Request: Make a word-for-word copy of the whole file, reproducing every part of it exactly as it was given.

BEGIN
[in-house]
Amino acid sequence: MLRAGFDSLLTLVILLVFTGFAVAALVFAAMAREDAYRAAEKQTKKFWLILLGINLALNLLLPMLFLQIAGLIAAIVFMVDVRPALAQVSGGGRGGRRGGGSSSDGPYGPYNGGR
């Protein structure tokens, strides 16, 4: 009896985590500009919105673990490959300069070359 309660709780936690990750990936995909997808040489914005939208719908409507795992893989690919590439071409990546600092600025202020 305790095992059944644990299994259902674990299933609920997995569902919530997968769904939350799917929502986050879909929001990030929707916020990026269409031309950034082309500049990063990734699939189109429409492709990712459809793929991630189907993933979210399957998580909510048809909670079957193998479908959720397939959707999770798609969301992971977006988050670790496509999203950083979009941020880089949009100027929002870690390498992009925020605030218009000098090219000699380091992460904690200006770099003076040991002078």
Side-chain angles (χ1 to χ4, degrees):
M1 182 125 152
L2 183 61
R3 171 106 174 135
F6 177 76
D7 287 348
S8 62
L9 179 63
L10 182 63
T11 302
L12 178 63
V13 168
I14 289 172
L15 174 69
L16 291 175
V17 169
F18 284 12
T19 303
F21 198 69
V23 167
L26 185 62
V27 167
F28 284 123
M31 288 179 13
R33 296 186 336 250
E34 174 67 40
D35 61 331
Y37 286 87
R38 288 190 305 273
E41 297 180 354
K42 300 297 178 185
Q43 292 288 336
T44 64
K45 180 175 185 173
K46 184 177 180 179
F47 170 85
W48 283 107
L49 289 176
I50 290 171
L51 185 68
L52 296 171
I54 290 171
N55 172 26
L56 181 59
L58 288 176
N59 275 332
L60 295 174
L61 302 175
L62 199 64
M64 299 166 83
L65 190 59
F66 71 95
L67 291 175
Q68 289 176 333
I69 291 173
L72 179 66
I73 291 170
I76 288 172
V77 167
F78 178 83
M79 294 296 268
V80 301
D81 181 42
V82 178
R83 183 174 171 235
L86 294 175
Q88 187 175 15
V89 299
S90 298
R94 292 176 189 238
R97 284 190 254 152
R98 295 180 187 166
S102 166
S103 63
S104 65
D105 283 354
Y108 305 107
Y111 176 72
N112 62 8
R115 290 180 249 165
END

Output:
[in-house]
Amino acid sequence: MLRAGFDSLLTLVILLVFTGFAVAALVFAAMAREDAYRAAEKQTKKFWLILLGINLALNLLLPMLFLQIAGLIAAIVFMVDVRPALAQVSGGGRGGRRGGGSSSDGPYGPYNGGR
């Protein structure tokens, strides 16, 4: 009896985590500009919105673990490959300069070359 309660709780936690990750990936995909997808040489914005939208719908409507795992893989690919590439071409990546600092600025202020 305790095992059944644990299994259902674990299933609920997995569902919530997968769904939350799917929502986050879909929001990030929707916020990026269409031309950034082309500049990063990734699939189109429409492709990712459809793929991630189907993933979210399957998580909510048809909670079957193998479908959720397939959707999770798609969301992971977006988050670790496509999203950083979009941020880089949009100027929002870690390498992009925020605030218009000098090219000699380091992460904690200006770099003076040991002078």
Side-chain angles (χ1 to χ4, degrees):
M1 182 125 152
L2 183 61
R3 171 106 174 135
F6 177 76
D7 287 348
S8 62
L9 179 63
L10 182 63
T11 302
L12 178 63
V13 168
I14 289 172
L15 174 69
L16 291 175
V17 169
F18 284 12
T19 303
F21 198 69
V23 167
L26 185 62
V27 167
F28 284 123
M31 288 179 13
R33 296 186 336 250
E34 174 67 40
D35 61 331
Y37 286 87
R38 288 190 305 273
E41 297 180 354
K42 300 297 178 185
Q43 292 288 336
T44 64
K45 180 175 185 173
K46 184 177 180 179
F47 170 85
W48 283 107
L49 289 176
I50 290 171
L51 185 68
L52 296 171
I54 290 171
N55 172 26
L56 181 59
L58 288 176
N59 275 332
L60 295 174
L61 302 175
L62 199 64
M64 299 166 83
L65 190 59
F66 71 95
L67 291 175
Q68 289 176 333
I69 291 173
L72 179 66
I73 291 170
I76 288 172
V77 167
F78 178 83
M79 294 296 268
V80 301
D81 181 42
V82 178
R83 183 174 171 235
L86 294 175
Q88 187 175 15
V89 299
S90 298
R94 292 176 189 238
R97 284 190 254 152
R98 295 180 187 166
S102 166
S103 63
S104 65
D105 283 354
Y108 305 107
Y111 176 72
N112 62 8
R115 290 180 249 165